U.S. wholesale inventories fell modestly in January, while sales rose to their highest level since October 2008, suggesting that inventories would continue to support economic growth in the first quarter.

The rise in sales pushed the inventory-to-sales ratio, a measure of how long it would take to sell stocks at the current sales pace, to a record low of 1.10 months' worth from December's 1.12 months, the Commerce Department said on Wednesday.

The drop in the ratio, which has trended lower for three straight months, indicates that wholesalers might be closer to replenishing their warehouses, which should boost economic growth.

Total wholesale inventories slipped 0.2 percent, smaller than the revised 1 percent drop in December, the department said. December inventories were previously reported as having dropped 0.8 percent.

Economists polled by Reuters had expected stocks of unsold goods at U.S. wholesalers to rise 0.2 percent in January.

A sharp slowdown in the pace at which businesses are liquidating inventories contributed to the U.S. economy recording its fastest growth rate in more than six years in the fourth-quarter.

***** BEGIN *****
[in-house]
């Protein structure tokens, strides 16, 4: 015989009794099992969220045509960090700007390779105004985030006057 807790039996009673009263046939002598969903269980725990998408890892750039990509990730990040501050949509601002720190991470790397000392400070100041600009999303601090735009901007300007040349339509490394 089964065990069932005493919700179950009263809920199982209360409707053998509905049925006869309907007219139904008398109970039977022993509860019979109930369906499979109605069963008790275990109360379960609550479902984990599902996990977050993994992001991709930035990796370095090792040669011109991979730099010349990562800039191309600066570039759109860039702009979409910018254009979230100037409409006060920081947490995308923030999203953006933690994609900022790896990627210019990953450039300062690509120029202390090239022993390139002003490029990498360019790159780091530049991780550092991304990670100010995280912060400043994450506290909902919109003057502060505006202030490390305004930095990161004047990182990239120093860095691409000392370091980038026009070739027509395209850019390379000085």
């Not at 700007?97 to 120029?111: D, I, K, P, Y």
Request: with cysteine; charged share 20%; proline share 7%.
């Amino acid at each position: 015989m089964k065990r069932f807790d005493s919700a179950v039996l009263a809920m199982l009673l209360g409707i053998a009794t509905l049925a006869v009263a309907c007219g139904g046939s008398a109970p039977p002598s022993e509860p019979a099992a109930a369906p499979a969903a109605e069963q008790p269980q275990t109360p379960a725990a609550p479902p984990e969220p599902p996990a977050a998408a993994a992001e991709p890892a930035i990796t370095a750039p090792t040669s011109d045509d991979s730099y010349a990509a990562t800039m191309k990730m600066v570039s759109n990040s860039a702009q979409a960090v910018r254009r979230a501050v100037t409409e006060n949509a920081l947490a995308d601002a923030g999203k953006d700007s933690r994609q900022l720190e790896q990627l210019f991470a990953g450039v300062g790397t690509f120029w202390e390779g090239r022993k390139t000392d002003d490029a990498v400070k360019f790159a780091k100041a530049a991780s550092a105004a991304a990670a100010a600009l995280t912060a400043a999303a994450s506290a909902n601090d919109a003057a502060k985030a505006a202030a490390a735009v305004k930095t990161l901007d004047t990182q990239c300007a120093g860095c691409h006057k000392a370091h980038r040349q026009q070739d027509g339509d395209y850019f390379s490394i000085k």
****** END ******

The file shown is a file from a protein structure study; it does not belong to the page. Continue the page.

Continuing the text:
The rebuilding of inventories is expected to lend support to growth in the first quarter of 2010. The economy resumed growth, with an additional boost from government stimulus, in the second half of last year following the worst downturn since the 1930s.

When businesses increase inventories or slow the rate at which they are liquidating them, they need to meet more demand out of current production, which lifts gross domestic product.

There are worries that the recovery could stall when the boost from inventories and government stimulus fades as consumer spending remains lackluster amid high unemployment.

Officials from the Federal Reserve meet next week and are expected to maintain their pledge to keep interest rates at ultra low levels for an extended period to nurse the recovery.

Sales at wholesalers rose 1.3 percent, the 10th straight increase, to $346.7 billion in January, after rising by a revised 1.2 percent the previous month. December sales were previously reported as 0.8 percent higher. Analysts had expected sales at wholesalers to rise 0.7 percent in January.

(Reporting by Lucia Mutikani; Editing by Neil Stempleman)